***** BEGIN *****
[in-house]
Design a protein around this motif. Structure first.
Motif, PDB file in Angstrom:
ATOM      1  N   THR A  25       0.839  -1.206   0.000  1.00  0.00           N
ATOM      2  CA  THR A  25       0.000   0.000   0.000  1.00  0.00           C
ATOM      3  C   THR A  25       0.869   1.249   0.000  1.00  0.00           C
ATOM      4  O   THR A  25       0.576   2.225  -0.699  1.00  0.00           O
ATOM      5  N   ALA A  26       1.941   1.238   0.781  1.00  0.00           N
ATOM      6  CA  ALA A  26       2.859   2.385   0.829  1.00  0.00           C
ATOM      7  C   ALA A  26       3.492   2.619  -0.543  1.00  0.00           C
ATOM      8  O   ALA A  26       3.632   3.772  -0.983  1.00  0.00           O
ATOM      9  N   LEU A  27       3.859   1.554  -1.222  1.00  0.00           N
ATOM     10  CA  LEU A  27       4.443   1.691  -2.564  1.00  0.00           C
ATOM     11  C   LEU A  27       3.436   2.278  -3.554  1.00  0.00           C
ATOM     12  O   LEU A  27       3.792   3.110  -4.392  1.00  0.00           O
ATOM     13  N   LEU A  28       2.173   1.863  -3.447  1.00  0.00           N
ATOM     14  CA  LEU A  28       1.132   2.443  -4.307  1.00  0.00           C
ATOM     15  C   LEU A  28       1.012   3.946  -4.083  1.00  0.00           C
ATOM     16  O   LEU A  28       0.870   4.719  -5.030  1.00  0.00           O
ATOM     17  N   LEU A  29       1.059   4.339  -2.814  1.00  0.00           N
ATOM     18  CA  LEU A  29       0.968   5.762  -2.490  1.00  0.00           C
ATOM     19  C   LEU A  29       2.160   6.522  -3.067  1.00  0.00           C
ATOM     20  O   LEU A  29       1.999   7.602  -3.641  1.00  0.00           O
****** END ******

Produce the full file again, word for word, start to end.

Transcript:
[in-house]
Design a protein around this motif. Structure first.
Motif, PDB file in Angstrom:
ATOM      1  N   THR A  25       0.839  -1.206   0.000  1.00  0.00           N
ATOM      2  CA  THR A  25       0.000   0.000   0.000  1.00  0.00           C
ATOM      3  C   THR A  25       0.869   1.249   0.000  1.00  0.00           C
ATOM      4  O   THR A  25       0.576   2.225  -0.699  1.00  0.00           O
ATOM      5  N   ALA A  26       1.941   1.238   0.781  1.00  0.00           N
ATOM      6  CA  ALA A  26       2.859   2.385   0.829  1.00  0.00           C
ATOM      7  C   ALA A  26       3.492   2.619  -0.543  1.00  0.00           C
ATOM      8  O   ALA A  26       3.632   3.772  -0.983  1.00  0.00           O
ATOM      9  N   LEU A  27       3.859   1.554  -1.222  1.00  0.00           N
ATOM     10  CA  LEU A  27       4.443   1.691  -2.564  1.00  0.00           C
ATOM     11  C   LEU A  27       3.436   2.278  -3.554  1.00  0.00           C
ATOM     12  O   LEU A  27       3.792   3.110  -4.392  1.00  0.00           O
ATOM     13  N   LEU A  28       2.173   1.863  -3.447  1.00  0.00           N
ATOM     14  CA  LEU A  28       1.132   2.443  -4.307  1.00  0.00           C
ATOM     15  C   LEU A  28       1.012   3.946  -4.083  1.00  0.00           C
ATOM     16  O   LEU A  28       0.870   4.719  -5.030  1.00  0.00           O
ATOM     17  N   LEU A  29       1.059   4.339  -2.814  1.00  0.00           N
ATOM     18  CA  LEU A  29       0.968   5.762  -2.490  1.00  0.00           C
ATOM     19  C   LEU A  29       2.160   6.522  -3.067  1.00  0.00           C
ATOM     20  O   LEU A  29       1.999   7.602  -3.641  1.00  0.00           O